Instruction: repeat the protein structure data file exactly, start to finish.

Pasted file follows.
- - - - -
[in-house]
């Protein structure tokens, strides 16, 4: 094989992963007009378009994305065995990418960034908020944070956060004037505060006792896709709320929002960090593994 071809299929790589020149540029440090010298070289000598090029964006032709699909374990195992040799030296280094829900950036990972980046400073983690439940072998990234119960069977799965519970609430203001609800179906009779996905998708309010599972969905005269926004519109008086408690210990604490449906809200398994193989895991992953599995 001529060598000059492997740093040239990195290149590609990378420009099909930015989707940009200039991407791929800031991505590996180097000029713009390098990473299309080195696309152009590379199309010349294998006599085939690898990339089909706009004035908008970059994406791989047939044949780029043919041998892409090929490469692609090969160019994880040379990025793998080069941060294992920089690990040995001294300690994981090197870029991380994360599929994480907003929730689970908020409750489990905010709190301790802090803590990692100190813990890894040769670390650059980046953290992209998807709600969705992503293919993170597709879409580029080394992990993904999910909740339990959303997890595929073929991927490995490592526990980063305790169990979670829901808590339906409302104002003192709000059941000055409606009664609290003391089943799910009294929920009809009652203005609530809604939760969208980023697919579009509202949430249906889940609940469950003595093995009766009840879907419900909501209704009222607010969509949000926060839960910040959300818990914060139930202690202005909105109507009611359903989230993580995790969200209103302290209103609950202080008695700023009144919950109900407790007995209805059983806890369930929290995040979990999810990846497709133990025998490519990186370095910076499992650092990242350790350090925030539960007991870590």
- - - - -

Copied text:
[in-house]
């Protein structure tokens, strides 16, 4: 094989992963007009378009994305065995990418960034908020944070956060004037505060006792896709709320929002960090593994 071809299929790589020149540029440090010298070289000598090029964006032709699909374990195992040799030296280094829900950036990972980046400073983690439940072998990234119960069977799965519970609430203001609800179906009779996905998708309010599972969905005269926004519109008086408690210990604490449906809200398994193989895991992953599995 001529060598000059492997740093040239990195290149590609990378420009099909930015989707940009200039991407791929800031991505590996180097000029713009390098990473299309080195696309152009590379199309010349294998006599085939690898990339089909706009004035908008970059994406791989047939044949780029043919041998892409090929490469692609090969160019994880040379990025793998080069941060294992920089690990040995001294300690994981090197870029991380994360599929994480907003929730689970908020409750489990905010709190301790802090803590990692100190813990890894040769670390650059980046953290992209998807709600969705992503293919993170597709879409580029080394992990993904999910909740339990959303997890595929073929991927490995490592526990980063305790169990979670829901808590339906409302104002003192709000059941000055409606009664609290003391089943799910009294929920009809009652203005609530809604939760969208980023697919579009509202949430249906889940609940469950003595093995009766009840879907419900909501209704009222607010969509949000926060839960910040959300818990914060139930202690202005909105109507009611359903989230993580995790969200209103302290209103609950202080008695700023009144919950109900407790007995209805059983806890369930929290995040979990999810990846497709133990025998490519990186370095910076499992650092990242350790350090925030539960007991870590």